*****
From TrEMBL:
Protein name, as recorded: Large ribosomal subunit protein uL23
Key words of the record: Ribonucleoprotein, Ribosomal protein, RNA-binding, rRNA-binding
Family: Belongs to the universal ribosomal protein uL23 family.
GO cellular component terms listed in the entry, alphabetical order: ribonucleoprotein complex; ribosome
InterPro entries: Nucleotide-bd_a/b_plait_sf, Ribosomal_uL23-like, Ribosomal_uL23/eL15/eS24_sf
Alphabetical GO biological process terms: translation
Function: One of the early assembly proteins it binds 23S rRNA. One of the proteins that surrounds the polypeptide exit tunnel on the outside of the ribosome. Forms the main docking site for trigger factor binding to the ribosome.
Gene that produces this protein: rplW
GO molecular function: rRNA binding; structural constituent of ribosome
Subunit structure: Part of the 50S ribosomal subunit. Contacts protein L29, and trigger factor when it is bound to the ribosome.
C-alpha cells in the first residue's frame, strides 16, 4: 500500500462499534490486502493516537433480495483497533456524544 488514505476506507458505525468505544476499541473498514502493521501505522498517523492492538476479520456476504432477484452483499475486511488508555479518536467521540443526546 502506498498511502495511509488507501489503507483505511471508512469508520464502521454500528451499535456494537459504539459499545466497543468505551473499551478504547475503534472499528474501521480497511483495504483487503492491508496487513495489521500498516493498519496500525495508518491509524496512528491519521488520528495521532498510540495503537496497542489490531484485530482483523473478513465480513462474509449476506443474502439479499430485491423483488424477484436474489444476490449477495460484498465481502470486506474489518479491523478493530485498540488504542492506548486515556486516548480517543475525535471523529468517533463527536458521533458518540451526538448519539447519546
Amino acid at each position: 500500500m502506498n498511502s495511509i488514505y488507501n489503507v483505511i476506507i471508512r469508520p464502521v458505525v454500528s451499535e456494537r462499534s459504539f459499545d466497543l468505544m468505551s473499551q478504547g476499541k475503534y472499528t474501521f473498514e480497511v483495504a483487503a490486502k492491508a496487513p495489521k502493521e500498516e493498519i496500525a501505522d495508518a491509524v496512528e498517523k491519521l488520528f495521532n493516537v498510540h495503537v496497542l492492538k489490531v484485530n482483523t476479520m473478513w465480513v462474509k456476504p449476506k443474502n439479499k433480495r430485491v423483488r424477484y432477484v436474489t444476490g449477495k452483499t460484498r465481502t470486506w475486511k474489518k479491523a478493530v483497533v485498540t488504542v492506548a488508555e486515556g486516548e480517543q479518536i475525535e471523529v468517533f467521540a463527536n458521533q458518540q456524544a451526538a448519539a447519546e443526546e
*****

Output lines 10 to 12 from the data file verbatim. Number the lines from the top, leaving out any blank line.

GO molecular function: rRNA binding; structural constituent of ribosome
Subunit structure: Part of the 50S ribosomal subunit. Contacts protein L29, and trigger factor when it is bound to the ribosome.
C-alpha cells in the first residue's frame, strides 16, 4: 500500500462499534490486502493516537433480495483497533456524544 488514505476506507458505525468505544476499541473498514502493521501505522498517523492492538476479520456476504432477484452483499475486511488508555479518536467521540443526546 502506498498511502495511509488507501489503507483505511471508512469508520464502521454500528451499535456494537459504539459499545466497543468505551473499551478504547475503534472499528474501521480497511483495504483487503492491508496487513495489521500498516493498519496500525495508518491509524496512528491519521488520528495521532498510540495503537496497542489490531484485530482483523473478513465480513462474509449476506443474502439479499430485491423483488424477484436474489444476490449477495460484498465481502470486506474489518479491523478493530485498540488504542492506548486515556486516548480517543475525535471523529468517533463527536458521533458518540451526538448519539447519546